Wednesday, February 6th, 2019...6:30 am

Accessing Archives in the 19th-Century Atlantic World

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By Derek Kane O’Leary

I have everywhere found Archivists the least competent of human beings to judge of the character or value of historical papers; and if I had not been favored with the aid of higher powers, both in Paris and London, my enquiries would have been to little purpose. There Archivists look upon themselves as the special guardians of the good name of forgotten statesmen, and their families, and are particularly tender in whatever touches the reputation of foreign governments, friends or foes; in other words they have a high opinion of their own consequence, and have a mortal aversion to every thing that may disturb the repose of their offices to giving trouble either to themselves or their clerks.

–Jared Sparks to Henry Wheaton, Jan. 29, 1844 (Jared Sparks Personal Papers, MS 147h, Houghton Library, Harvard University)

Historian Jared Sparks leans against a pillar.

Historian and Harvard President Jared Sparks (1789-1866) in a photograph by John Adams Whipple, ca. 1860-1864. FAL85448, Special Collections, Harvard Fine Arts Library

When Jared Sparks vented to Henry Wheaton in the winter of 1844, he was midway through four decades spent peering into American and European archives. Like many historians in the antebellum U.S., as a young man he had descended from the Unitarian pulpit in order to pronounce another narrative–also transcendent, and likewise based on the close analysis of primary documents. At the helm of the North American Review, as the editor of George Washington’s and other revolutionary leaders’ papers, and later while a Harvard history professor and president, Sparks pursued his abiding obsession to comprehensively document and narrate the American Revolution. More than any other American in the early U.S., he envisioned an American archive, which would gather materials from throughout the nation–indeed, from different corners of the Atlantic–in order to tell a unifying national story.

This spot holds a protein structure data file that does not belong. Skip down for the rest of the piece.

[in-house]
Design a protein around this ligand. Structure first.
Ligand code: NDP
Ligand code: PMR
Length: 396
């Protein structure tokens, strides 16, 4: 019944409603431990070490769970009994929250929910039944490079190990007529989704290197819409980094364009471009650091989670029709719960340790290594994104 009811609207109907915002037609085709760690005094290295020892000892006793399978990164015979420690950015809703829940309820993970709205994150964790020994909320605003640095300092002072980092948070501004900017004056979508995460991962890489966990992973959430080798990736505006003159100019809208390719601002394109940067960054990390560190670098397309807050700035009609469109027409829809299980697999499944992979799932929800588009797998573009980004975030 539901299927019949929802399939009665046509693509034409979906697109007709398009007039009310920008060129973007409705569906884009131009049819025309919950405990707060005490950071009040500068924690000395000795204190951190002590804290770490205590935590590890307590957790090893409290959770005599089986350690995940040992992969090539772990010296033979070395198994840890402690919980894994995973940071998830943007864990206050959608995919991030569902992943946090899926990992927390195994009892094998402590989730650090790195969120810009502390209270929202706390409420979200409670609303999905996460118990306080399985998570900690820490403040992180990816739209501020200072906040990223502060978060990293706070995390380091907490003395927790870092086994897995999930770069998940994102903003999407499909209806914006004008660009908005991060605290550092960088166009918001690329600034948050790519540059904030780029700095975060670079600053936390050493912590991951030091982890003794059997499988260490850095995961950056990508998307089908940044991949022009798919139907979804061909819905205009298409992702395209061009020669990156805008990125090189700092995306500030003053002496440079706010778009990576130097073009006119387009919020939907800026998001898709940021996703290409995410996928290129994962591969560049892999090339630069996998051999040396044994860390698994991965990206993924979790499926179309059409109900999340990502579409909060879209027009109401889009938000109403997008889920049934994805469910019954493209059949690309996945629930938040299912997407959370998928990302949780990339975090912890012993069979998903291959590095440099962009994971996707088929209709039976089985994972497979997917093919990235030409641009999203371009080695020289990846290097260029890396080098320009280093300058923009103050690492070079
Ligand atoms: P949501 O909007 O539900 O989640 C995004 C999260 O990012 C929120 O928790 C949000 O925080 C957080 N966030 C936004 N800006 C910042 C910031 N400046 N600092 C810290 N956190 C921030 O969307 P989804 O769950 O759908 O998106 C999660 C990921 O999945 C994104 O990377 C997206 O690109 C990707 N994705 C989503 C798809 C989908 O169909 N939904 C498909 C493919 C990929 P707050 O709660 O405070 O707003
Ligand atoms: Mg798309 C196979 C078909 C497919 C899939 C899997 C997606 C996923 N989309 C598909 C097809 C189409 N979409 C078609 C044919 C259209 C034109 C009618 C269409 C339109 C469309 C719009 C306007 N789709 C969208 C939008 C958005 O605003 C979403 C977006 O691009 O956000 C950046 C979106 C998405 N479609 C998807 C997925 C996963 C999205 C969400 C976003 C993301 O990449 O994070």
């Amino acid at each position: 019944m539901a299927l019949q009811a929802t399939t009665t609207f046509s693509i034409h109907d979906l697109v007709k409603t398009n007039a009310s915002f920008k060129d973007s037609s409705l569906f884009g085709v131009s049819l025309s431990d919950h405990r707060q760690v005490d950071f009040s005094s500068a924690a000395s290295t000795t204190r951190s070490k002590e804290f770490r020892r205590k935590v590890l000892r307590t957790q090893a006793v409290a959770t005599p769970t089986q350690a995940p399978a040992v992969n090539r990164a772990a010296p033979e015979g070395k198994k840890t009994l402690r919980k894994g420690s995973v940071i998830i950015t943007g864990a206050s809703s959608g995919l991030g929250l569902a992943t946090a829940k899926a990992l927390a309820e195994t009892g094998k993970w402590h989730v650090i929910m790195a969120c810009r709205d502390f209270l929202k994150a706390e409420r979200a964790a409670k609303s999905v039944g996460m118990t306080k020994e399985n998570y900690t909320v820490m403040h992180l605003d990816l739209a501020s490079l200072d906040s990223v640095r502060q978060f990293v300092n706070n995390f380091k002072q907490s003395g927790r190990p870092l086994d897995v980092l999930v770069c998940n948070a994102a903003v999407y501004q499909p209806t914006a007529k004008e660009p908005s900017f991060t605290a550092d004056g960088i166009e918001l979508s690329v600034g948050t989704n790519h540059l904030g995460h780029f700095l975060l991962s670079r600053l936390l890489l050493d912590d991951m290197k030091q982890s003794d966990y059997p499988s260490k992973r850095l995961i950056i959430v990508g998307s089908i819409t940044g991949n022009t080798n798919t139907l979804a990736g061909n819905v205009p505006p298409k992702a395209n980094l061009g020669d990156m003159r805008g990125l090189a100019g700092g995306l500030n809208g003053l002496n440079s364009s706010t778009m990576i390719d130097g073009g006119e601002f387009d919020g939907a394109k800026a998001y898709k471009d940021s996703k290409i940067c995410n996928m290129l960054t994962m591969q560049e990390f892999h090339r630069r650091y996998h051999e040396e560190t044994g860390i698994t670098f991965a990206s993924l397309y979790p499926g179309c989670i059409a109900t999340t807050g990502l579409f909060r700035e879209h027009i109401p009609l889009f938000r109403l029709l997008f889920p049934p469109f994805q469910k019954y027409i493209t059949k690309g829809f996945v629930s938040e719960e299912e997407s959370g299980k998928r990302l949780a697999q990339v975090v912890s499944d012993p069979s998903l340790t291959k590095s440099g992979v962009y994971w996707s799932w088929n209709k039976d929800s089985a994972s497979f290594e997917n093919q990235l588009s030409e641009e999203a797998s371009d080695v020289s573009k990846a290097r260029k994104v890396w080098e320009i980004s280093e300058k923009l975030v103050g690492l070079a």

In outstanding ways, the mammoth collection he assembled was surely not comprehensive: Sparks evinced no interest in the history of American Indians, women could not feature as actors in the nation’s trajectory from settlement to nationhood, and though slavery discomfited him, the institution and its survivors figured nowhere in his historical vision.

A handwritten list by Jared Sparks indicates the number of letters by George Washington that he has gathered for his 12-volume work, The Writings of George Washington

Sparks tallies the number of letters by George Washington gathered for his major work, The Writings of George Washington (12 volumes, 1834-1837, as well as in several foreign editions over the following years). Jared Sparks personal papers, MS Sparks 161, Houghton Library, Harvard University

Instead, for Sparks the nation’s comprehensive history lay in the evocative correspondence of its generals and men of state, clustered around pivotal battles and decisions. It was in those very landscapes, which he paced and clambered over, minutely recording how events transpired there in his own bloodless, bookish historical reenactment. Day upon day, Sparks exercised his sober mania for original documents by ranging among the public archives of the original states. From Cambridge, he forged a network of correspondents who would send or alert him to original documents of the revolutionary generation, often stowed in descendants’ homes. He became an archive of the revolution that was more voluminous than any state collection. But it was never enough.

A hand-drawn map by Sparks depicts Norridgewock Falls and the Sandy and Kennebeck Rivers, as well as a point labeled "Attack of the English from this hill."